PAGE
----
Much of the legend is a running travesty of the true history of the conqueror.
It is of him that the legend is told that during his imprisonment in Delhi he was accused by the emperor of looking towards the west in the direction of the imperial zenana.
Of Mainz was in 969 eaten by mice (the legend being doubtless due to the erroneous derivation from Ml use, mice).
Sarrazin has pointed out the striking resemblance between the Scandinavian legend of Bodvarr Biarki and that of the Beowulf of the poem.
According to the legend given by Metaphrastes the Byzantine hagiologist, and substantially repeated in the Roman Ada sanctorum and in the Spanish breviary, he was born in Cappadocia of noble Christian parents, from whom he received a careful religious training.
The legend of a Dorian invasion appears first in Tyrtaeus, a 7thcentury poet, in the service of Sparta, who brings the Spartan Heracleids to Peloponnese from Erineon in the northern Doris; and the lost Epic of Aegimius, of about the same date, seems to have presupposed the same story.
It is clear from the traditions about Lycurgus, for example, that even the Spartans had been a long while in Laconia before their state was rescued from disorder by his reforms; and if there be truth in the legend that the new institutions were borrowed from Crete, we perhaps have here too a late echo of the legislative fame of the land of Minos.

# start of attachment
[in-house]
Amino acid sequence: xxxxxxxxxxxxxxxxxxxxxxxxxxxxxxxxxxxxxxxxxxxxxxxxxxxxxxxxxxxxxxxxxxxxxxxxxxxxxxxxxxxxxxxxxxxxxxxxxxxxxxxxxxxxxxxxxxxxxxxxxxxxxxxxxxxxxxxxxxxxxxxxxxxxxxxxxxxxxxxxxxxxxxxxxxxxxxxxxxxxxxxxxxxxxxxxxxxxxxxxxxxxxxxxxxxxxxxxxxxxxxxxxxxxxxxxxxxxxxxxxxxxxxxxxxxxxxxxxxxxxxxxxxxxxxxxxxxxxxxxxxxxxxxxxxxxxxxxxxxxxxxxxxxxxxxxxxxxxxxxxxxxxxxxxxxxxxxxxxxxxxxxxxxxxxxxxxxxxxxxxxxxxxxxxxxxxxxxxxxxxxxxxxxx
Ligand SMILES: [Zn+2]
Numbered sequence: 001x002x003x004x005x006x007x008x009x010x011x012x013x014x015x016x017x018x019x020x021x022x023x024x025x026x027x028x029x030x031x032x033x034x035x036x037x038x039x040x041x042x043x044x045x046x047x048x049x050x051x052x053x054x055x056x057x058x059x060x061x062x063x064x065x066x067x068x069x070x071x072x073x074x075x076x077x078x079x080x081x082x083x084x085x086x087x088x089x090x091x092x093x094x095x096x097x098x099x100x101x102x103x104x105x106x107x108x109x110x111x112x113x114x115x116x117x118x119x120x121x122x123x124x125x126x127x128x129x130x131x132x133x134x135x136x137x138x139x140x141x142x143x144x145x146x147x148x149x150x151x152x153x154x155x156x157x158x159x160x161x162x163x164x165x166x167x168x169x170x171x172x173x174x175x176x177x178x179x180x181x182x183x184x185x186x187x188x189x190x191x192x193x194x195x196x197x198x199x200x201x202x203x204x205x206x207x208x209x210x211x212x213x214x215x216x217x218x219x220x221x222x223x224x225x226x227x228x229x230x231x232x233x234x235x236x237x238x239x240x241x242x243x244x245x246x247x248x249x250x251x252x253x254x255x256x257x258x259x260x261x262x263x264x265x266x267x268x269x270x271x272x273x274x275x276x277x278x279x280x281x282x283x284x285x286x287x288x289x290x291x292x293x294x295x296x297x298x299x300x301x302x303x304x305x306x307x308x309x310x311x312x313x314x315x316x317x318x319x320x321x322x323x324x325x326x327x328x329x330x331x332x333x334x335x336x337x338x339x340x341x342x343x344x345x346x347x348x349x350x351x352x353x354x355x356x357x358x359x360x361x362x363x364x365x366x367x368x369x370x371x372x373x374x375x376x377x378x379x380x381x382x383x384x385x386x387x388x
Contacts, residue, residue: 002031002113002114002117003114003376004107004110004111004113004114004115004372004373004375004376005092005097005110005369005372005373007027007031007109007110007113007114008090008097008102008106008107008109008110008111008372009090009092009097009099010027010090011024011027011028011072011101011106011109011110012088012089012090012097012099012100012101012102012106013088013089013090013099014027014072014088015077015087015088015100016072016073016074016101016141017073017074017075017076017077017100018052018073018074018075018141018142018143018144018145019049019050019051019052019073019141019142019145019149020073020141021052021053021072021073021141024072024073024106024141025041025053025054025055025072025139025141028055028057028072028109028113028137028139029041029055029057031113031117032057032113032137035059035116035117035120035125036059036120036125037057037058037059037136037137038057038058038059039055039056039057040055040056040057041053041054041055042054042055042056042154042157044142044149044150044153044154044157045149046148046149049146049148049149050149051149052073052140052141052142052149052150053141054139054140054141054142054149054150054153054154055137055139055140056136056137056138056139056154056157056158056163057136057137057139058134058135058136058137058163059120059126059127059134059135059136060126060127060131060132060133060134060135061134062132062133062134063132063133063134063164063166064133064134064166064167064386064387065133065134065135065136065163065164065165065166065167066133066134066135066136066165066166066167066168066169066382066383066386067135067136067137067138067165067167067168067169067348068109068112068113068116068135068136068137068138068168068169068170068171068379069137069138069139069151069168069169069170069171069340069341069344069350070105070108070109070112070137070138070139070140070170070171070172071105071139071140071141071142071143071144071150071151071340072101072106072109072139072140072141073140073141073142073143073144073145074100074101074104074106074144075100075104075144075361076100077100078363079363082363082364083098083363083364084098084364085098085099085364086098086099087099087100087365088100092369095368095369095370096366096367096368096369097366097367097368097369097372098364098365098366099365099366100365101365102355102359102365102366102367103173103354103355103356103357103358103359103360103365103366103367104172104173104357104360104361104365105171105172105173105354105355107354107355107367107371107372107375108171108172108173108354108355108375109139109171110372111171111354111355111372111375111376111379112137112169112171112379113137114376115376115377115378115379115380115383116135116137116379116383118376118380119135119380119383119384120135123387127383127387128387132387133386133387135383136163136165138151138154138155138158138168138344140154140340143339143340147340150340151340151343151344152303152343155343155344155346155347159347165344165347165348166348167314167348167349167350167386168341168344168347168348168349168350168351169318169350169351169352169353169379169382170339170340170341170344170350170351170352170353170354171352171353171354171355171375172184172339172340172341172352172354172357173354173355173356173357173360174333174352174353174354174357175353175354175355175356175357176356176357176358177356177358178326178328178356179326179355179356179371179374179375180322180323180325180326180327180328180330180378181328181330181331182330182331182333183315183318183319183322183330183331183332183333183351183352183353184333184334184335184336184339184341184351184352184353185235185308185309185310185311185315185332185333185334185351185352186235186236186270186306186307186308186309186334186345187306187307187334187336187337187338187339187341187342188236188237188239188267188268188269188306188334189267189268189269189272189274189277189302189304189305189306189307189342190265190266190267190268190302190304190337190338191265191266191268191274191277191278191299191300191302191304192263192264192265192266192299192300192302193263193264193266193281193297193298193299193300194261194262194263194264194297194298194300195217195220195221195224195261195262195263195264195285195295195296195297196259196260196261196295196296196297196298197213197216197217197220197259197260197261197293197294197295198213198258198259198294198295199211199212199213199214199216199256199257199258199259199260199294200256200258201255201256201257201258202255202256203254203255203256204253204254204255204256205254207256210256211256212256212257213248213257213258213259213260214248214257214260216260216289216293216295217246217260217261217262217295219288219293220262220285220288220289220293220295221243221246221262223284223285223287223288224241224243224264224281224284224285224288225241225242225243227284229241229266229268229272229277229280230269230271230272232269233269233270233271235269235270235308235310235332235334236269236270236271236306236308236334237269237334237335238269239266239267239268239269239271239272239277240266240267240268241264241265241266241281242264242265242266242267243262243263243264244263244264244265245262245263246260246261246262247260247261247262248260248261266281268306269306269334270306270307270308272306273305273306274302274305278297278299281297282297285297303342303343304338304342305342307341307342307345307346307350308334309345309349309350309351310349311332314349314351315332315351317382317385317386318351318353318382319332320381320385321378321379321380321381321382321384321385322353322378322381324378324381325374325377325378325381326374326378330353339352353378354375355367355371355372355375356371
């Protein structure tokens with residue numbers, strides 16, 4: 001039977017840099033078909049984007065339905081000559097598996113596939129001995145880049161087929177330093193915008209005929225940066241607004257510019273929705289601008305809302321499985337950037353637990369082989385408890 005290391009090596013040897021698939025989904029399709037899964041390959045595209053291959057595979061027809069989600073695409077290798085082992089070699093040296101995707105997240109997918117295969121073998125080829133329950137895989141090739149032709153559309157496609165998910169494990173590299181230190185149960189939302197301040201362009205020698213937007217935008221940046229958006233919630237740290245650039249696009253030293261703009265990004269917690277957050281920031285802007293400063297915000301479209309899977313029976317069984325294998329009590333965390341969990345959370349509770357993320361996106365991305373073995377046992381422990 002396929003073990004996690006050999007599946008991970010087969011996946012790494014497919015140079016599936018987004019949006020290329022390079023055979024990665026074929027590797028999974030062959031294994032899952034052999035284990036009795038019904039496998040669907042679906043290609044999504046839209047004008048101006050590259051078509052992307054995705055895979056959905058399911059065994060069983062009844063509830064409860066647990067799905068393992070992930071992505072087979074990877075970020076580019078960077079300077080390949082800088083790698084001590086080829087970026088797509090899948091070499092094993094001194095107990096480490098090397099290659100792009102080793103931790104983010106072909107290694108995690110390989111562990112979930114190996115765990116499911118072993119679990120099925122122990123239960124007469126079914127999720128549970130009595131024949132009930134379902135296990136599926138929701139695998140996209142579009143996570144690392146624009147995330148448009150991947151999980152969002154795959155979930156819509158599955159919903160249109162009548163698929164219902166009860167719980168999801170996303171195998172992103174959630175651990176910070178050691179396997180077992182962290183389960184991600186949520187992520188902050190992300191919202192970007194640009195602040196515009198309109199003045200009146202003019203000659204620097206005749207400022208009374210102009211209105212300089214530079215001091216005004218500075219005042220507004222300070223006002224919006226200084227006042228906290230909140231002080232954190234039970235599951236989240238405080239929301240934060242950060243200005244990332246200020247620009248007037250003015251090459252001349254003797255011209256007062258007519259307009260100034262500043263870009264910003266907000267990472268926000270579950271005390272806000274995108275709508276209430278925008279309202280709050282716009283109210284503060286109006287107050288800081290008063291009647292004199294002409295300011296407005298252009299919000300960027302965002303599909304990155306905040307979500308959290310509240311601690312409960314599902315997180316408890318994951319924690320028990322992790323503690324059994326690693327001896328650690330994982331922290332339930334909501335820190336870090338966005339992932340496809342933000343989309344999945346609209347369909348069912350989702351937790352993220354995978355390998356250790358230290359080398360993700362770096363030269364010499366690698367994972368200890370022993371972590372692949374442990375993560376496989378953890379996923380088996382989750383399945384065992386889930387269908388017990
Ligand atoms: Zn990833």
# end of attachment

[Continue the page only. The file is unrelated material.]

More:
The legend of an indecent consecration at the Nag's Head tavern in Fleet Street seems first to have been printed by the Jesuit, Christopher Holywood, in 1604; and it has long been abandoned by reputable controversialists.
See Ktientzle, Ober die Sternsagen der Griechen (1897), and his article in Roscher's Lexikon; he shows that in the oldest legend Orion the constellation and Orion the hero are quite distinct, without deciding which was the earlier conception.
The setting up in 1895 in the market-place in Altdorf of a fine statue (by the Swiss sculptor Richard Kissling) of Tell and his son, and the opening in 1899 just outside Altdorf of a permanent theatre, wherein Schiller's play is to be represented every Sunday during the summer months, show that the popular belief in the Tell legend is still strong, despite its utter demolition at the hands of a succession of scientific Swiss historians during the 19th century.